CMP AL,BL ; is the character already out there?
LOOPE L0 ; loop if it is
JE >L4 ; jump if the characters are exhausted
L2: ; loop here to wait for vertical retrace
IN AL,DX ; input the status
TEST AL,1 ; mask the retrace bit
JZ L2 ; loop if we are not in vertical retrace
MOV AL,BL ; re-fetch the character to be output
STOSB ; output the character
INC CX ; undo the previous LOOPE's decrement of CX
LOOP L1 ; loop to check for another output character
INC DI ; advance beyond the attribute byte of the last character
POP BX ; restore clobbered register
RET

L4: ; matching character was the last in the buffer
INC DI,2 ; advance beyond the output video word
POP BX ; restore clobbered register
RET


; IBM_ATTR is the VID_ATTR routine for IBM-PC compatible computers. The
; attribute byte is the high byte of the DI-pointed video word.

IBM_ATTR:
INC DI ; advance to the high, attribute byte
STOSB ; output the attribute code AL to the byte
RET


; IBM_KEY is the BIOS_KEY routine for IBM_PC compatible computers. We must
; transform the two-byte code returned by the IBM BIOS into the single
; code AL expected by the rest of the debugger.

IBM_KEY:
MOV AH,0 ; function code for GET KEY
INT 016 ; get the keystroke from the IBM BIOS
TEST AL ; is the return AL nonzero?
JNZ RET ; if yes then AL is our return code
MOV AL,AH ; AL is zero, so AH determines the return code
ADD AL,080-16 ; shift the values into a range not seen directly in AL
RET


; IBM_BELL is the BIOS_BELL routine for IBM-PC compatible computers. We
; output the code 07 to the BIOS's console output routine.

IBM_BELL:
MOV AX,0E07 ; AH= console out function number; AL="BELL" control code
INT 010 ; output BELL to the console
RET


; NEW_KEYS reassigns the keyboard codes and the action routines for a non-
; IBM-compatible BIOS. We are called with CS:SI pointing to a table of
; various new values, whose format is identical to the one given by
; WANG_KEYS below. The new values are plugged into the various tables
; in the debugger, so that correct actions are taken for the non-compatible
; machine.

NEW_KEYS:
LODSB ; load the first byte of the table
MOV HELP_KEY,AL ; first byte is the code for HELP_KEY
LODSB ; load the second byte
ADD SWITCH_KEY,AL ; byte 2 is (new-IBM) function-key-codes-difference
MOV DI,CTRL_JUMPS+2 ; point to the control-jumps table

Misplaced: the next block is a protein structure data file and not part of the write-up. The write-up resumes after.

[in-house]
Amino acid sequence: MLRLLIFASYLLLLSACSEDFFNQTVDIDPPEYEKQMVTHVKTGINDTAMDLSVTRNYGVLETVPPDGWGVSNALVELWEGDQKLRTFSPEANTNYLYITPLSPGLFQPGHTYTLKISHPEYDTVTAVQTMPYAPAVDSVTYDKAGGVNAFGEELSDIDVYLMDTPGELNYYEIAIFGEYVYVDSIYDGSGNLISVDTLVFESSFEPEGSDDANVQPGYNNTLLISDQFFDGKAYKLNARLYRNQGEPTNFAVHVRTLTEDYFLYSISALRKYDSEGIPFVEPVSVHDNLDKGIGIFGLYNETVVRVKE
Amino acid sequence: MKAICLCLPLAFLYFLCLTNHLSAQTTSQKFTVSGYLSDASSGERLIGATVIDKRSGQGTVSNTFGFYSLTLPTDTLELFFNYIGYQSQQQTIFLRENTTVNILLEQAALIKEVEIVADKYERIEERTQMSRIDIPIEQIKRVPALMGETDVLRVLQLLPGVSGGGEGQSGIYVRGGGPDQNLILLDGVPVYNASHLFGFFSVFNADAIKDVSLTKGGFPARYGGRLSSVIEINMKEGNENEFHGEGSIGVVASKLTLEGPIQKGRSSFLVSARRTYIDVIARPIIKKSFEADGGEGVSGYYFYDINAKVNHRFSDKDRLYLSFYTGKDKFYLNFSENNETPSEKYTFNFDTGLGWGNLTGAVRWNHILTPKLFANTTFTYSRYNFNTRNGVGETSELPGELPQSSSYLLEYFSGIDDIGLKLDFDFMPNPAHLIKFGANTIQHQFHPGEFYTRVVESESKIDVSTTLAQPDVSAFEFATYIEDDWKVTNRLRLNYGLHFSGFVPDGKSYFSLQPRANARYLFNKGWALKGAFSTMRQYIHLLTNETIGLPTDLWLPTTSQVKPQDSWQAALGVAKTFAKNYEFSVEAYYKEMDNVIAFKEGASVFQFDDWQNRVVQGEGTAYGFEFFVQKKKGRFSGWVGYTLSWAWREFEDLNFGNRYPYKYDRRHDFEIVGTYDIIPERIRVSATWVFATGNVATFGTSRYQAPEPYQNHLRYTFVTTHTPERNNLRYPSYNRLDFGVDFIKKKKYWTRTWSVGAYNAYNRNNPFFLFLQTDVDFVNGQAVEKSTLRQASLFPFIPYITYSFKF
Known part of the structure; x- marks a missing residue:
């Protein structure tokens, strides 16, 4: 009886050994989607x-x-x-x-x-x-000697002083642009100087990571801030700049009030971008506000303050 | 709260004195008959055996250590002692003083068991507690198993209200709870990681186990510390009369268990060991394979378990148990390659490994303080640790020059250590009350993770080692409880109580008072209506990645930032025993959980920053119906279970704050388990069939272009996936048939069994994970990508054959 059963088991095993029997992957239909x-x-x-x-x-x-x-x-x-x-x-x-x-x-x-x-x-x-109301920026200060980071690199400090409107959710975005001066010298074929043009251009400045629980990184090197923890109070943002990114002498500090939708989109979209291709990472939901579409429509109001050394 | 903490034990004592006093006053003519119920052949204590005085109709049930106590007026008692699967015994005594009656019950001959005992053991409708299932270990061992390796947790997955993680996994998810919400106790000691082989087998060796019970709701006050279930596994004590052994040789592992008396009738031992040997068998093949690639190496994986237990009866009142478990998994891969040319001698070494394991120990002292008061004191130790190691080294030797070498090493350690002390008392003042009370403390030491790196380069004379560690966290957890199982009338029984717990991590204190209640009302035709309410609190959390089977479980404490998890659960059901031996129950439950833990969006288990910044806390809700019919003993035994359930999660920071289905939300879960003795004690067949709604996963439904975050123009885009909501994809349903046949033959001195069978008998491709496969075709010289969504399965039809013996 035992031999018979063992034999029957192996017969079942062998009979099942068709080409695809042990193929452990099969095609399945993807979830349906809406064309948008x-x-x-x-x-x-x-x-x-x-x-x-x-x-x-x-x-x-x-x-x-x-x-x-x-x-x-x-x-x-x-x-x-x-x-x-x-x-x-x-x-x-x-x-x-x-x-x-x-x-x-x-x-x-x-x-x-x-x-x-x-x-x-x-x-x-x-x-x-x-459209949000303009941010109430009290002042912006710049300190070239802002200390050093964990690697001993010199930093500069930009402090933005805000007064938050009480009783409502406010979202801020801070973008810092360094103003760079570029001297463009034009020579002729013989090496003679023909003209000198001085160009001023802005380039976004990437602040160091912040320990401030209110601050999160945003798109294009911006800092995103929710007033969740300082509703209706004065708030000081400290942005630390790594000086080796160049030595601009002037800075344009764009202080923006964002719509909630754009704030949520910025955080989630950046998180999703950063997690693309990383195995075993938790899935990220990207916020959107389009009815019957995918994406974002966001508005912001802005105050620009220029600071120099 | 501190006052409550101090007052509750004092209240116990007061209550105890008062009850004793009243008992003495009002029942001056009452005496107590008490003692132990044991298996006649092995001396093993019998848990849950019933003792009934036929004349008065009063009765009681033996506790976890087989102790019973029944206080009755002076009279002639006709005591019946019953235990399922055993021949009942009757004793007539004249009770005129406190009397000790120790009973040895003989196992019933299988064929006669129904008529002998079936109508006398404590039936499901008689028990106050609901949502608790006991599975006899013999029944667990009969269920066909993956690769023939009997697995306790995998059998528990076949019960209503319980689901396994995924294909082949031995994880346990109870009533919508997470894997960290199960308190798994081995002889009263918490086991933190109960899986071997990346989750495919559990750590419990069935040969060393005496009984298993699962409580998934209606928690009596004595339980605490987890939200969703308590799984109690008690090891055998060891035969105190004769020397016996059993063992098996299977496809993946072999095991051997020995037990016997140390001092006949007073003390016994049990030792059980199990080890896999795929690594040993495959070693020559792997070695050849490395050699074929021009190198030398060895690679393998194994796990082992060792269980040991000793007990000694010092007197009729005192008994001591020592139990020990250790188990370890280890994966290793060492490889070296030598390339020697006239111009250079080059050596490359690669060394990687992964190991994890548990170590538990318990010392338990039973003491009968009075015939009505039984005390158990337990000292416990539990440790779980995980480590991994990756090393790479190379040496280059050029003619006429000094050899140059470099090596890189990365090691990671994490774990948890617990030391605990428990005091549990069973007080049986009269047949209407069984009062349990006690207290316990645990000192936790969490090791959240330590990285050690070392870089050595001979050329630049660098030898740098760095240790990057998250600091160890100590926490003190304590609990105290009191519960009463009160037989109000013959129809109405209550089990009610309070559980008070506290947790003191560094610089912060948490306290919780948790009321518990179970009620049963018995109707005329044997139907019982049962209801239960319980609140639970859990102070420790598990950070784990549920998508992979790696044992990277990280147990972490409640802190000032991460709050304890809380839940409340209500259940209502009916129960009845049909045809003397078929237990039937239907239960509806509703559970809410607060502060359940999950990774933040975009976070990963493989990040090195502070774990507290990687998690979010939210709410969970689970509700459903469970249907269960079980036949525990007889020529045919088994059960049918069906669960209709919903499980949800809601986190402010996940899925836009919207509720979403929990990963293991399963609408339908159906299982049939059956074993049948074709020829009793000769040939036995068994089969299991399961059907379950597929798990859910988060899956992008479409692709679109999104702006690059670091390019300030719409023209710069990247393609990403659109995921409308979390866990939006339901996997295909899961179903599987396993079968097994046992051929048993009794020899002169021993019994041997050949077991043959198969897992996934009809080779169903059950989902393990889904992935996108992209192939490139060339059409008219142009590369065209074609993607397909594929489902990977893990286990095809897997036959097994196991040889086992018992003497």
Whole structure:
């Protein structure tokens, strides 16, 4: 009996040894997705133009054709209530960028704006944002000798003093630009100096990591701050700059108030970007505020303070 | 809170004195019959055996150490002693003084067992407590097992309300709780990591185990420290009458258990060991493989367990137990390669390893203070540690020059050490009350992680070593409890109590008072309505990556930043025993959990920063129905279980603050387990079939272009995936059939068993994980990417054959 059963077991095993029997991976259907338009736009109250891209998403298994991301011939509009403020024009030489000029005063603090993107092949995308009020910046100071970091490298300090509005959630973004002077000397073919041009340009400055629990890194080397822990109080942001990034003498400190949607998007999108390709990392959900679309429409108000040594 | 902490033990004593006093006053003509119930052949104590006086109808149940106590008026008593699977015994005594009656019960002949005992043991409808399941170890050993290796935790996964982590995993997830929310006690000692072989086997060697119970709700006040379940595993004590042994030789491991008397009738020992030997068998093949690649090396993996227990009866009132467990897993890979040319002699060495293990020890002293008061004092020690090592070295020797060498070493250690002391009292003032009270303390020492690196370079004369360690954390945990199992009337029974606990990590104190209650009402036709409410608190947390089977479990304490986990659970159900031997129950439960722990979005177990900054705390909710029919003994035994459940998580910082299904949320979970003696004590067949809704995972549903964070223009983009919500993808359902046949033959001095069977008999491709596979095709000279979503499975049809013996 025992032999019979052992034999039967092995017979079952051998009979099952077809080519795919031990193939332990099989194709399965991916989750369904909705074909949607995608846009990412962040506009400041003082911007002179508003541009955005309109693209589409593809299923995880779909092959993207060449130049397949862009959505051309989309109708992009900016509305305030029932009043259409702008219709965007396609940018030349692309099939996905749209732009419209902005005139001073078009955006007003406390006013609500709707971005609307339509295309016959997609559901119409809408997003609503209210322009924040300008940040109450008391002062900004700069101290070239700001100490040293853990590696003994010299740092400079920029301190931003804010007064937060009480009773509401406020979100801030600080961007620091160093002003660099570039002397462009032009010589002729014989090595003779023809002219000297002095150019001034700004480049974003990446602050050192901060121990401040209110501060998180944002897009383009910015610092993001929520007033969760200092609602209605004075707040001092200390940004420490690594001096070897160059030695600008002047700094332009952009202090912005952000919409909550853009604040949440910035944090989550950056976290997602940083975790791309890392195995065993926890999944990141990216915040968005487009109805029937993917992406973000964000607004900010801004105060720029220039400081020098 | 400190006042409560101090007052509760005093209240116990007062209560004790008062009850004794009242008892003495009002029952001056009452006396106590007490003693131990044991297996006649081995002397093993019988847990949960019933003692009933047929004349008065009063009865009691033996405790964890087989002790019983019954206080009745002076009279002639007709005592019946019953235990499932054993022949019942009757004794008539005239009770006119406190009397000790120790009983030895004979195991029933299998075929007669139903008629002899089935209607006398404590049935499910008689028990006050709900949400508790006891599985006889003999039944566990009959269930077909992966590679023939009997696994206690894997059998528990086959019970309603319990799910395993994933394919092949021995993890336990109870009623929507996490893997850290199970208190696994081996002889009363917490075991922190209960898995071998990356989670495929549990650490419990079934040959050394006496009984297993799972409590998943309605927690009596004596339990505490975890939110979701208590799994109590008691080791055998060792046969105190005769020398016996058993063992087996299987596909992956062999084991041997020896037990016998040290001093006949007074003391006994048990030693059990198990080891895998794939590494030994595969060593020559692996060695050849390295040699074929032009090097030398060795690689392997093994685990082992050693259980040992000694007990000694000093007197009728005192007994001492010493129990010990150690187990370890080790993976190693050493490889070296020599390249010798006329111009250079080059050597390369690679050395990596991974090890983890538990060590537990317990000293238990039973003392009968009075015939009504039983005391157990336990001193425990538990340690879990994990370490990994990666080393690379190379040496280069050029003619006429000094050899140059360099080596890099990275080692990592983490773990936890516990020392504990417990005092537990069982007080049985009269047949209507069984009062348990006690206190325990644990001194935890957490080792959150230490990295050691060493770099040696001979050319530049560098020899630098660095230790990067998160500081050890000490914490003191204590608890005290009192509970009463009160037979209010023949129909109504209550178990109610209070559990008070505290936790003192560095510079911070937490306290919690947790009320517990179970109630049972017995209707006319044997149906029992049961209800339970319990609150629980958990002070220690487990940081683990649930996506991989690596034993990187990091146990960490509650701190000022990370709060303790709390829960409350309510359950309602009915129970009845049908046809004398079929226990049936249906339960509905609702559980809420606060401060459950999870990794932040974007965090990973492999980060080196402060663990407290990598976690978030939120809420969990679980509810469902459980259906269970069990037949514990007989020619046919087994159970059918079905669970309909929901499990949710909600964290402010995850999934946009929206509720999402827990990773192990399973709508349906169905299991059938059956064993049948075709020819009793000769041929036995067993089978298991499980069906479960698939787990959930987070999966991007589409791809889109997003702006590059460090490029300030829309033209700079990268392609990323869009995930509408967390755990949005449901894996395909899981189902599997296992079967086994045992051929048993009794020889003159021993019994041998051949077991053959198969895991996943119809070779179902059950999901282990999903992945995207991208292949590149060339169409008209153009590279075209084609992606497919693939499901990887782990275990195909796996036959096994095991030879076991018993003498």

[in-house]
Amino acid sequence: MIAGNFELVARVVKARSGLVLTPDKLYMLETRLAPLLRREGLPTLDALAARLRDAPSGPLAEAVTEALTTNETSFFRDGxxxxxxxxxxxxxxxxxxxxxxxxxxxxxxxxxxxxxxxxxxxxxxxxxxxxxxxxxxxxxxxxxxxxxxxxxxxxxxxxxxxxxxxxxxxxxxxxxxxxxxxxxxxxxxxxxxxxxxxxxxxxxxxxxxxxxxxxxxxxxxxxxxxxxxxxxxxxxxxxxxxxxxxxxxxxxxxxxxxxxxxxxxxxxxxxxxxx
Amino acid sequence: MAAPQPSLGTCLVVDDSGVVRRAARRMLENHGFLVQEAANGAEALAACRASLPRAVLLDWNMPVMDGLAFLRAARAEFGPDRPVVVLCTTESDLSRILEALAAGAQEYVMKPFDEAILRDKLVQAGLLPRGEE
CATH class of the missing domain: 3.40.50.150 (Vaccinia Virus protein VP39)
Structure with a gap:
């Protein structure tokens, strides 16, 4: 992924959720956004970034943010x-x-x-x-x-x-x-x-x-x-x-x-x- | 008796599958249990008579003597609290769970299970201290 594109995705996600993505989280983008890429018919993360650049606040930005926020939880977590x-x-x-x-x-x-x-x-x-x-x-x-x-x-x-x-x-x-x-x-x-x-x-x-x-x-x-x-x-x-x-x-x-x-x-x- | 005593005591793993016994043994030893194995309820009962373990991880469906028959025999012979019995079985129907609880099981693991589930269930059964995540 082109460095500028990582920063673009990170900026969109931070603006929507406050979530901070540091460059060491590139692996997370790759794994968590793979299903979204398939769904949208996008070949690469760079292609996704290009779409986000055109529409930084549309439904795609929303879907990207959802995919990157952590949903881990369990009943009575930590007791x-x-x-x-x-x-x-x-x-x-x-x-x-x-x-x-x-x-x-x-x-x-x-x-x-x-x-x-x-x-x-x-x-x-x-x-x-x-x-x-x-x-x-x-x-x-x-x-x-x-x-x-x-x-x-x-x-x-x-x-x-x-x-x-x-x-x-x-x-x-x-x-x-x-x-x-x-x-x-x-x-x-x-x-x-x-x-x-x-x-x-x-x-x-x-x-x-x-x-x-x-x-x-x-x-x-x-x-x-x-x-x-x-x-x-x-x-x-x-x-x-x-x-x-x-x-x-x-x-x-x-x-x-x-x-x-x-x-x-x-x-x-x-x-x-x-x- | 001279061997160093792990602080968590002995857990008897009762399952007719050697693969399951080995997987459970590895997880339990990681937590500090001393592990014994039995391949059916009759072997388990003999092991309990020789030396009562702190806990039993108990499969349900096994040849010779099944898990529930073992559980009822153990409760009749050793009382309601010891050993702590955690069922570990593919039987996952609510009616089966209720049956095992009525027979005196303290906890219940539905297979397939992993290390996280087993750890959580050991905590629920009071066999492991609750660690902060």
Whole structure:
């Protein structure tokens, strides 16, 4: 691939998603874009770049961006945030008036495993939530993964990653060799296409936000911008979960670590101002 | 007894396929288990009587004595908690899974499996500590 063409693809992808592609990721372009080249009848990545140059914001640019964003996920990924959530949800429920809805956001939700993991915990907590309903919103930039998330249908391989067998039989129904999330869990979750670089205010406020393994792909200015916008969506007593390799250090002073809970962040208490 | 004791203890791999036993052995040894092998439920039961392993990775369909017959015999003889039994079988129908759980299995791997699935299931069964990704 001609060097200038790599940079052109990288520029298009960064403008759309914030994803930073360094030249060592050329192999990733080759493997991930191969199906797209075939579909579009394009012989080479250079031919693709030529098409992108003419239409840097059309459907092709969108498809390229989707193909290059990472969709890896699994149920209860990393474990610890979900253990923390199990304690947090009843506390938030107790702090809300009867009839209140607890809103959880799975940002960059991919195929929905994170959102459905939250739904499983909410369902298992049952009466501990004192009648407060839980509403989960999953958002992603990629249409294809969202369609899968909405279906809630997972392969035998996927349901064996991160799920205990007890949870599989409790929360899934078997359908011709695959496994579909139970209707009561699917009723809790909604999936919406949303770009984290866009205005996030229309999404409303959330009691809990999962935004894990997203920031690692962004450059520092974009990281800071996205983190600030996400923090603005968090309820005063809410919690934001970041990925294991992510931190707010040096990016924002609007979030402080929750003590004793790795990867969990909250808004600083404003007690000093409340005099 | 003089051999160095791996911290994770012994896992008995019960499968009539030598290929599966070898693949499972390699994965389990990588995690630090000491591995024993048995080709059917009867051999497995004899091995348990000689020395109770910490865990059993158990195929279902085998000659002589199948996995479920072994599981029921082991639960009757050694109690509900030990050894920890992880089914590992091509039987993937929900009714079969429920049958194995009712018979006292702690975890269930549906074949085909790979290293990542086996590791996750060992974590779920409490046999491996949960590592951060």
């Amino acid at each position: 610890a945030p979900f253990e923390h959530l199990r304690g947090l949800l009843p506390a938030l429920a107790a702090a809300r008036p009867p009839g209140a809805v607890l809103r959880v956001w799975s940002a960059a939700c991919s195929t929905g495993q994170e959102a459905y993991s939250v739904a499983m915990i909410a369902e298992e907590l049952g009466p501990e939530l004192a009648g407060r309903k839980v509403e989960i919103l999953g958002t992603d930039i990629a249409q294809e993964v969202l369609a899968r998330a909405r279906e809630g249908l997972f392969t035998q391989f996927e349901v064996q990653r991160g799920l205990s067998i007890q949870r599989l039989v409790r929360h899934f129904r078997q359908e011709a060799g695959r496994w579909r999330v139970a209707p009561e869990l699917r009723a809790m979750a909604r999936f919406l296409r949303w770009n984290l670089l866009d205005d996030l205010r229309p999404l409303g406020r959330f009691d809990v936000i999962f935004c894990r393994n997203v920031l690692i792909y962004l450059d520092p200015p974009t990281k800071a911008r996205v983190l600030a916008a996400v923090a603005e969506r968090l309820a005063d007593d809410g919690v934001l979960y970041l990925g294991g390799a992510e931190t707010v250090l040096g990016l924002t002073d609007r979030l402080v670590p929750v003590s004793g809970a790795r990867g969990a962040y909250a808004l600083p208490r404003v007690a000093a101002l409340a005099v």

MOV CX,N_FUNCS ; load the number of function-keys in that table
L1: ; loop here to adjust each function-key code
ADD [DI],AL ; add the code into the table entry
ADD DI,3 ; advance to the next table entry
LOOP L1 ; loop to adjust the next table entry
MOV CL,N_CONTROL_KEYS ; load the number of subsequent keys in the table
L2: ; loop here to plug in the new value for each key
MOVSB ; copy the new key code to the function table
INC DI,2 ; advance output pointer to the next key code
LOOP L2 ; loop to plug in the next key code
LODSW ; fetch the message-pointer to the name of HELP key
MOV HELP_MSG,AX ; plug the pointer into the messages-string
MOV DI,BIOS_CALLS ; point to the table of action routines
MOV CX,N_BIOS_CALLS ; load the count of words in action-routine-table
REP MOVSW ; copy the new pointers to the table
RET


; GET_MACHINE_TYPE sets the variables MACHINE_TYPE and SUBDIR_CHAR.

GET_MACHINE_TYPE:
MOV AH,030 ; MS-DOS function number for GET_DOS_VERSION
INT 33 ; we call this to get the machine number in BH
MOV MACHINE_TYPE,BH
DEC BH ; are we on a Wang PC?
IF Z MOV SUBDIR_CHAR,'/'; if yes then switch the subdirectory character
RET





  3 Responses to “Category : Assembly Language Source Code
Archive   : D86BIOS4.ZIP
Filename : BIOS.8

  1. Very nice! Thank you for this wonderful archive. I wonder why I found it only now. Long live the BBS file archives!

  2. This is so awesome! 😀 I’d be cool if you could download an entire archive of this at once, though.

  3. But one thing that puzzles me is the “mtswslnkmcjklsdlsbdmMICROSOFT” string. There is an article about it here. It is definitely worth a read: http://www.os2museum.com/wp/mtswslnk/